Crestmont is a little different from other private schools -- it is a non-profit co-op, meaning that parent participation is the backbone of the school community AND that tuition is determined by costs that parents have meaningful input on.  They also have a needs-based tuition program you can apply to.  It might be worth checking out: https://www.crestmontschool.org/

I'm not sure it's the unicorn you are looking for, but it sure is mine.  

A few other independent schools in the El Cerrito area that you might try are: Crestmont, Montessori Family School, and Golestan. All are significantly less expensive than Prospect Sierra. Independent schools also have financial aid available, so while Prospect Sierra is $36K, if you apply for financial aid and qualify, you'll receive discounted tuition. The Berkeley School is another option that's less expensive than PS.

I second the recommendation to check out Crestmont School in Richmond Hills.  We have been with the school for 3 years (Kinder through 2nd grade) and love their focus on non-violent communication and social-emotional development.  They have small class sizes (10-15 students) and there is a strong relationship between staff and all children across grades. At Crestmont, it feels like a small and very tight community is teaching and supporting the children.  It's lovely to see how safe, confident, and happy the children feel. In addition, technology use is limited and introduced in a developmentally appropriate way.  It is often used as a teaching tool for videos or music.  My daughter has really enjoyed her time here and we are very happy with the school leadership and parent community.  https://www.crestmontschool.org/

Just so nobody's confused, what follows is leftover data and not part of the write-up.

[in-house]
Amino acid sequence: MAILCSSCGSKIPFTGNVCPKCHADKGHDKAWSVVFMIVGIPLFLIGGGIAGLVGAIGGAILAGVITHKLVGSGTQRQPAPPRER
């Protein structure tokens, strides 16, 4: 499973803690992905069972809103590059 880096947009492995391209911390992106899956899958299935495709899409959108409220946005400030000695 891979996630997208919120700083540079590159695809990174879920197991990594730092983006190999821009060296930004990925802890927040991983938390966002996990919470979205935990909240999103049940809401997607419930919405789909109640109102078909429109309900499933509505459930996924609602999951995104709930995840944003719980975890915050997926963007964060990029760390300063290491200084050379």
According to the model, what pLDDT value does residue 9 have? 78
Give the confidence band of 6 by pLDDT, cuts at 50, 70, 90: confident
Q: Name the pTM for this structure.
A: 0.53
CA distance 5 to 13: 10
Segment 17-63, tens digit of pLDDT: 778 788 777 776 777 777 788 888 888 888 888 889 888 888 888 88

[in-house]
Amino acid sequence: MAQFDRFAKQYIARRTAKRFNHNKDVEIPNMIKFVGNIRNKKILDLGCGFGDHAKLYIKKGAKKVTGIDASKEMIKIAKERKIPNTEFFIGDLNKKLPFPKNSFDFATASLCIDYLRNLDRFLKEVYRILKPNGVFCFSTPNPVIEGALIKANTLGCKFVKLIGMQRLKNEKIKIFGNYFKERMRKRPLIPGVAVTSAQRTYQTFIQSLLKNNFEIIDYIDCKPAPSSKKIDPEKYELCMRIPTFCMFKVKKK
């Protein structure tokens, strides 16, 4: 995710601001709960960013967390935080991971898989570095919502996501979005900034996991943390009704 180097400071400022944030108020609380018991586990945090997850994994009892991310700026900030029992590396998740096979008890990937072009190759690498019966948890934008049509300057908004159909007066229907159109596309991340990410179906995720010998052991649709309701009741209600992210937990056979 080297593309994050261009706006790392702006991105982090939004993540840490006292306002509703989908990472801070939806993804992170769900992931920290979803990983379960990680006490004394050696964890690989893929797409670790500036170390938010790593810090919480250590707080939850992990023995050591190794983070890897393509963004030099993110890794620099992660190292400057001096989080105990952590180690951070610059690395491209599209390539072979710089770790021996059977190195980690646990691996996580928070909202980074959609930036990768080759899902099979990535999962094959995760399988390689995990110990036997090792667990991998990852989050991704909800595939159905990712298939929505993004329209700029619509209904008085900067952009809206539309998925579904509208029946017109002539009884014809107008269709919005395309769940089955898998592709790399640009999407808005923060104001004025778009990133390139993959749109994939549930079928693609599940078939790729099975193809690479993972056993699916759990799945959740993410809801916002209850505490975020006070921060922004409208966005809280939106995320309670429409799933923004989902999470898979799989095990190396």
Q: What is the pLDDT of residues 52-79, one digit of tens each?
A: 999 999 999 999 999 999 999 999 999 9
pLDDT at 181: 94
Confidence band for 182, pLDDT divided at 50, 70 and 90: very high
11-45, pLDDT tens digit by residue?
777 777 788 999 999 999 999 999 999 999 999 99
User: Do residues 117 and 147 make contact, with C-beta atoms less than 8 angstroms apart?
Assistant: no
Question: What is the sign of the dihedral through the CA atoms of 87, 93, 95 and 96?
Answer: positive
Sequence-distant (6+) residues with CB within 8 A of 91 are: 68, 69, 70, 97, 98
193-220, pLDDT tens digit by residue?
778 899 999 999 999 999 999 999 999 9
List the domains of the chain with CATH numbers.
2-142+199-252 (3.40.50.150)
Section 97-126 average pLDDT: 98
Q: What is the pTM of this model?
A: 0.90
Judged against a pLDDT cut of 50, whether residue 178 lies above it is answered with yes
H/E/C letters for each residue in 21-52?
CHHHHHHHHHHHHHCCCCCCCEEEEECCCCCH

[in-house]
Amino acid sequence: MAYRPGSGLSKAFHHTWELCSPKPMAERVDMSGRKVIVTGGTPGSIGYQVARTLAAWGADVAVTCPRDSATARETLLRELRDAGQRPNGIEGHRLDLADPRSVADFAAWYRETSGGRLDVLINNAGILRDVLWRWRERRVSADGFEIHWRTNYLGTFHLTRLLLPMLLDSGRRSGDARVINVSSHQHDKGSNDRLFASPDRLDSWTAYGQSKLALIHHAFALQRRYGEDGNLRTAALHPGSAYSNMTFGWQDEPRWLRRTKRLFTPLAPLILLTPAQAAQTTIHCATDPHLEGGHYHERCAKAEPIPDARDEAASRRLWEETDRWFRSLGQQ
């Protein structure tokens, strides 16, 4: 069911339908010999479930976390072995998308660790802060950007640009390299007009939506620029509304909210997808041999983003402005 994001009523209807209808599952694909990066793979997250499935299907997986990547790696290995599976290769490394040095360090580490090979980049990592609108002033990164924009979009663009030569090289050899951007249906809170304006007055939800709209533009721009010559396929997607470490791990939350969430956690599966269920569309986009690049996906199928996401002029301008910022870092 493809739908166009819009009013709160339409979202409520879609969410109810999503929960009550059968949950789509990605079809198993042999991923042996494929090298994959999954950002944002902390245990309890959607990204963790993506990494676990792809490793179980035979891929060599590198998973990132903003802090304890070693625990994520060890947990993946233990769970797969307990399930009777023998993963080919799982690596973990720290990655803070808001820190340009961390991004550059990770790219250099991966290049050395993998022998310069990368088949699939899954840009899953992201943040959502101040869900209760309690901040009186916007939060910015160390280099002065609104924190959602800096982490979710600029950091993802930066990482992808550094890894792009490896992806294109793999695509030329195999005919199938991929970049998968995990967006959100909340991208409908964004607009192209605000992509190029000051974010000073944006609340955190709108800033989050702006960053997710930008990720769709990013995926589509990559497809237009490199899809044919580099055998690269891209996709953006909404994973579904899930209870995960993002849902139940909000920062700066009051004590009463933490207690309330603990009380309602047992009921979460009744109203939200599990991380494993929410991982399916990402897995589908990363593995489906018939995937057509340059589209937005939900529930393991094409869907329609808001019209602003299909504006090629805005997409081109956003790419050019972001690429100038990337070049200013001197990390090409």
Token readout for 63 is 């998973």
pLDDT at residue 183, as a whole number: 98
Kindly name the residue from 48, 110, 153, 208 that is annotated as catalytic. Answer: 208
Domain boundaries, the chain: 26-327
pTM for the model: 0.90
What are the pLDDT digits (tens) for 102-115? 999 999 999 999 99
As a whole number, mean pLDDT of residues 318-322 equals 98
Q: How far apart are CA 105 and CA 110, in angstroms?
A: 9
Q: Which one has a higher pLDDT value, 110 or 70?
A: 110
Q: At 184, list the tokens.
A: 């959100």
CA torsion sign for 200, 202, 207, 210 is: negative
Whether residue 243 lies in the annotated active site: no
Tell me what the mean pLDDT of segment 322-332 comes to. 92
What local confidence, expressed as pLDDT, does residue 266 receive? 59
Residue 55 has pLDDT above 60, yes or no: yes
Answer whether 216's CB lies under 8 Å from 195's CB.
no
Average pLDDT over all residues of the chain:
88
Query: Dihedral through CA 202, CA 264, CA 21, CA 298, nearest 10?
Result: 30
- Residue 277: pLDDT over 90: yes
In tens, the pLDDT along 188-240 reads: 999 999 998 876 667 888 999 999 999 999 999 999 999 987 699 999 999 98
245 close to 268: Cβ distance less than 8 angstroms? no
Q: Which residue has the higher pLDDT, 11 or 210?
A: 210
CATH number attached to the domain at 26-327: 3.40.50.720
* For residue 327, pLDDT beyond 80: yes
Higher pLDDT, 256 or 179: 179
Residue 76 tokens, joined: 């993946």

Yes!! As a current parent of a 1st grader at Crestmont School Co-op, I highly recommend you take advantage of their admissions tours starting Oct 25th 2022-Jan 26 2023. This way you can see in person the beautiful, natural setting nestled in east richmond heights hills. Crestmont is a small co-operative, progressive school that teaches from a social justice lens and in times of conflict amongst students, classes create restorative circles to discuss, support and learn from one another.Our daughter loves her school and is familiar with all the teachers including specialist teachers who provide Music, P.E and Art classes. Currently in the K/1 class they are learning to understand their emotions & how to use ‘toolbox’ curriculum thats helps in supporting their emotional learning. Its worth coming to visit and meeting the wonderful teachers. Good Luck!   Https://www.crestmontschool.org. (510) 237-4164